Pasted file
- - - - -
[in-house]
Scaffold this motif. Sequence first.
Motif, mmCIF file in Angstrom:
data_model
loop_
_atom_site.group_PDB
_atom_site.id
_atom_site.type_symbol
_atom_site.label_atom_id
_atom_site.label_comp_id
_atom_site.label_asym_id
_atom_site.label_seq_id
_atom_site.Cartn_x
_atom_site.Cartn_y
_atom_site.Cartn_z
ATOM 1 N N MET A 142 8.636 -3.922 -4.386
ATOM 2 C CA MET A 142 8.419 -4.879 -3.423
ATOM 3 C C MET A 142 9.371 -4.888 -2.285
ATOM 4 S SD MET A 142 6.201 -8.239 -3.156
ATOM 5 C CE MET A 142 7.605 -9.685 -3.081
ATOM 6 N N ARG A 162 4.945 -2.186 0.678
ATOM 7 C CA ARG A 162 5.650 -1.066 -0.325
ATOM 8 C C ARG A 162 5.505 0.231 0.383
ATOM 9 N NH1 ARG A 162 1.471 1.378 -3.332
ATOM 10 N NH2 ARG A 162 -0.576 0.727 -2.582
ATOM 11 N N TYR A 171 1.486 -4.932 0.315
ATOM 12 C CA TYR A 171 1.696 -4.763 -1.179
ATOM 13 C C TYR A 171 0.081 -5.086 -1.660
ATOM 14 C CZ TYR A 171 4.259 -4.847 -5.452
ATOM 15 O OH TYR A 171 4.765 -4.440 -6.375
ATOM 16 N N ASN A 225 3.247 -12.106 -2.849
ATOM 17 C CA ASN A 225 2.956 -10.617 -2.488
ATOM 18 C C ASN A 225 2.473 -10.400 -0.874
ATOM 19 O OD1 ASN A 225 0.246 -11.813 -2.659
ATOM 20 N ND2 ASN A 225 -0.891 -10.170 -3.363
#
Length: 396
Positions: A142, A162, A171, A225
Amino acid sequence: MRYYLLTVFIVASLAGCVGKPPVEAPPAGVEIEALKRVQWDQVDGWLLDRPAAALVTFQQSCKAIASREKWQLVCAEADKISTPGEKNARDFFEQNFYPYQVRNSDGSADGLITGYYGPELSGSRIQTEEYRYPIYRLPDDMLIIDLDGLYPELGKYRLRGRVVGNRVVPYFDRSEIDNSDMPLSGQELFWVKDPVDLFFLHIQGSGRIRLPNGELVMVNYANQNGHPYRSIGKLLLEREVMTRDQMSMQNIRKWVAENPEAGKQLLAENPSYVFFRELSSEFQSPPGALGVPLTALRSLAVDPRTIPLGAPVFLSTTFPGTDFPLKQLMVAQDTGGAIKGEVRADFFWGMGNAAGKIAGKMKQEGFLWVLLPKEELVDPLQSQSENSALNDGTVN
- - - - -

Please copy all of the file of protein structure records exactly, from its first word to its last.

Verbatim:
[in-house]
Scaffold this motif. Sequence first.
Motif, mmCIF file in Angstrom:
data_model
loop_
_atom_site.group_PDB
_atom_site.id
_atom_site.type_symbol
_atom_site.label_atom_id
_atom_site.label_comp_id
_atom_site.label_asym_id
_atom_site.label_seq_id
_atom_site.Cartn_x
_atom_site.Cartn_y
_atom_site.Cartn_z
ATOM 1 N N MET A 142 8.636 -3.922 -4.386
ATOM 2 C CA MET A 142 8.419 -4.879 -3.423
ATOM 3 C C MET A 142 9.371 -4.888 -2.285
ATOM 4 S SD MET A 142 6.201 -8.239 -3.156
ATOM 5 C CE MET A 142 7.605 -9.685 -3.081
ATOM 6 N N ARG A 162 4.945 -2.186 0.678
ATOM 7 C CA ARG A 162 5.650 -1.066 -0.325
ATOM 8 C C ARG A 162 5.505 0.231 0.383
ATOM 9 N NH1 ARG A 162 1.471 1.378 -3.332
ATOM 10 N NH2 ARG A 162 -0.576 0.727 -2.582
ATOM 11 N N TYR A 171 1.486 -4.932 0.315
ATOM 12 C CA TYR A 171 1.696 -4.763 -1.179
ATOM 13 C C TYR A 171 0.081 -5.086 -1.660
ATOM 14 C CZ TYR A 171 4.259 -4.847 -5.452
ATOM 15 O OH TYR A 171 4.765 -4.440 -6.375
ATOM 16 N N ASN A 225 3.247 -12.106 -2.849
ATOM 17 C CA ASN A 225 2.956 -10.617 -2.488
ATOM 18 C C ASN A 225 2.473 -10.400 -0.874
ATOM 19 O OD1 ASN A 225 0.246 -11.813 -2.659
ATOM 20 N ND2 ASN A 225 -0.891 -10.170 -3.363
#
Length: 396
Positions: A142, A162, A171, A225
Amino acid sequence: MRYYLLTVFIVASLAGCVGKPPVEAPPAGVEIEALKRVQWDQVDGWLLDRPAAALVTFQQSCKAIASREKWQLVCAEADKISTPGEKNARDFFEQNFYPYQVRNSDGSADGLITGYYGPELSGSRIQTEEYRYPIYRLPDDMLIIDLDGLYPELGKYRLRGRVVGNRVVPYFDRSEIDNSDMPLSGQELFWVKDPVDLFFLHIQGSGRIRLPNGELVMVNYANQNGHPYRSIGKLLLEREVMTRDQMSMQNIRKWVAENPEAGKQLLAENPSYVFFRELSSEFQSPPGALGVPLTALRSLAVDPRTIPLGAPVFLSTTFPGTDFPLKQLMVAQDTGGAIKGEVRADFFWGMGNAAGKIAGKMKQEGFLWVLLPKEELVDPLQSQSENSALNDGTVN